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Old 12-07-2018, 08:52 AM
 
20,268 posts, read 11,238,907 times
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Quote:
Originally Posted by Serious Conversation View Post
I've always thought this was an interesting topic.

Let's take someone who is 73 years old today. Even if they weren't in a technical role, they probably had computer exposure by the end of their careers. Windows 95 really brought it mainstream. They'd have been 50 then, and in their mid 50s by the time Windows XP came out.

I think you'd really need to find people who retired before 2000, or whose job never involved computers, to not have been exposed to computers/internet at work. This would be mostly people in their 80s today.

Personally, I was exposed to computers and the internet much earlier than most of my peers. My aunt had an internet-capable IBM 386 and Prodigy internet service - this was probably 1993/1994. We got our first computer at home in 1995, and had dial-up internet immediately after. My aunt worked at the cable company, and was able to get our family into a PILOT program for cable modems in 1999. I think the service was either 256k or 512k down - at the time, this was a massive increase over the 33.6K phone modems we had (yes, my local ISP didn't have full 56k service, and I don't know why I remember this). In terms of "digital proficiency," I'm probably more like someone ten years younger than me than someone my own age. A lot of kids I grew up with didn't have internet access, even in the mid 2000s.

My peers were mostly computer nerds/science types as well. Virtually all of us work in some STEM position.
Yeah, on the timing I agree.

I had a dumb terminal sitting on my desk in 1974, and had been punching IBM cards a year earlier. I had an Atari personal computer by 1982 and was on usenet and bulletin boards with an IBM PC by 1988.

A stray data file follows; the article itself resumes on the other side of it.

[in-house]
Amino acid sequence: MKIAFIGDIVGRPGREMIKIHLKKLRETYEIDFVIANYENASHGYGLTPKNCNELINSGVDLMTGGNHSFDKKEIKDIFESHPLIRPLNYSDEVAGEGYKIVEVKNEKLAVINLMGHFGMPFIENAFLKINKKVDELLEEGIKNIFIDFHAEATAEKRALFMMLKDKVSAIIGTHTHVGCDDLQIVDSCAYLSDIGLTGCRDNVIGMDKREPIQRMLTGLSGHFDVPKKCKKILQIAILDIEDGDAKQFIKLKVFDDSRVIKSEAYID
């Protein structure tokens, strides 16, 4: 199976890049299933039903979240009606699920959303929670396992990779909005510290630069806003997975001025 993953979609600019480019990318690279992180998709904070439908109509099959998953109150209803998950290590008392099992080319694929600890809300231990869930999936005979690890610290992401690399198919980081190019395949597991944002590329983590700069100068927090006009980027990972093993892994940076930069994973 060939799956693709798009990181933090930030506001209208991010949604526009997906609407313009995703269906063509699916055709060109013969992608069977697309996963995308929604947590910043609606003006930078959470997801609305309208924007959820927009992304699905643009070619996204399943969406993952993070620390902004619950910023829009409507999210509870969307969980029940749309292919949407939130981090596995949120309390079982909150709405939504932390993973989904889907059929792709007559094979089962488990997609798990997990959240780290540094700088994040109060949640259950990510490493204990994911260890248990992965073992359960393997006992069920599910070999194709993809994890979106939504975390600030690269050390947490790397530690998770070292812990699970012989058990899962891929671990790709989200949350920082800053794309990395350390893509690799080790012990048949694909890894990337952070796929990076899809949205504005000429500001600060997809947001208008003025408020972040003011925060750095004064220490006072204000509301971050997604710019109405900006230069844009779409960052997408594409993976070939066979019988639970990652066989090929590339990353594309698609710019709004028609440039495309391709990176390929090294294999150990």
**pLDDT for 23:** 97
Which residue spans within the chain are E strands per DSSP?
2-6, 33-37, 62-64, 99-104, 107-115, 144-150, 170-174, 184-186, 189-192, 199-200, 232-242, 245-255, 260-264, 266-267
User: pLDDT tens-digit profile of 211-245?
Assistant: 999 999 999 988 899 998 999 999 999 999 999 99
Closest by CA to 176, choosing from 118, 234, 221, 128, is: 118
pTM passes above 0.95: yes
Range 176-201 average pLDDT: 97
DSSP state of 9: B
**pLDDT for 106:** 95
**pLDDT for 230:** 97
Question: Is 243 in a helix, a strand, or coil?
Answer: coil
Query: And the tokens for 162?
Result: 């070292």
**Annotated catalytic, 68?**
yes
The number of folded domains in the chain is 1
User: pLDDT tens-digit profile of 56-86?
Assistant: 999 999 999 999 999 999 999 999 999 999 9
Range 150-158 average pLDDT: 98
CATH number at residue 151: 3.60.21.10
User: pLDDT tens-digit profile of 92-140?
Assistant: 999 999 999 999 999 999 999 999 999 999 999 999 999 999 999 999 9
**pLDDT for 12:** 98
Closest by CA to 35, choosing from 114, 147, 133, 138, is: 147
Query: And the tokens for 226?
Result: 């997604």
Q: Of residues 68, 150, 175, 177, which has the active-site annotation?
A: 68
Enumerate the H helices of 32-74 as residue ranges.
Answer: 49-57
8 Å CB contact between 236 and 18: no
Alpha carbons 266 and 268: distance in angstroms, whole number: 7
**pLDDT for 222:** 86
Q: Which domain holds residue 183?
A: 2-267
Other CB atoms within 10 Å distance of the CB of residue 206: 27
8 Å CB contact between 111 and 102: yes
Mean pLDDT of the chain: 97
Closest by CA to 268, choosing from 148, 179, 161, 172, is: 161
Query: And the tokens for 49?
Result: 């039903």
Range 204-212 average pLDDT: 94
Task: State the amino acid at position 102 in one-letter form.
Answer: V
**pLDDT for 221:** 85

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Old 12-07-2018, 09:19 AM
 
Location: Tennessee
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Quote:
Originally Posted by Ralph_Kirk View Post
Yeah, on the timing I agree.

I had a dumb terminal sitting on my desk in 1974, and had been punching IBM cards a year earlier. I had an Atari personal computer by 1982 and was on usenet and bulletin boards with an IBM PC by 1988.
To be honest, I'm really quite surprised at the number of people who were using computers and the internet frequently here before the 1990s.

Granted, I wasn't around prior to 1986, but even in the mid 1990s, computer usage was just not common in my local area. Internet usage obviously less so.

We were very, very fortunate to get broadband so early. I was on the original Napster, Kazaa, Limewire, all that. The broadband connection allowed me to download music quickly and even stream video in 1999. I spent a lot of on IRC and other chat rooms as a kid. At the time, I think our school had a T-1 connection and computers were in most classrooms, but instruction hadn't really adapted to implement them yet and internet access was pretty much wide open with little to no content filtering at all.

I was able to consume news and information from around the world in middle and high school. This really broadened my perspective over the local news and CNN most people were getting.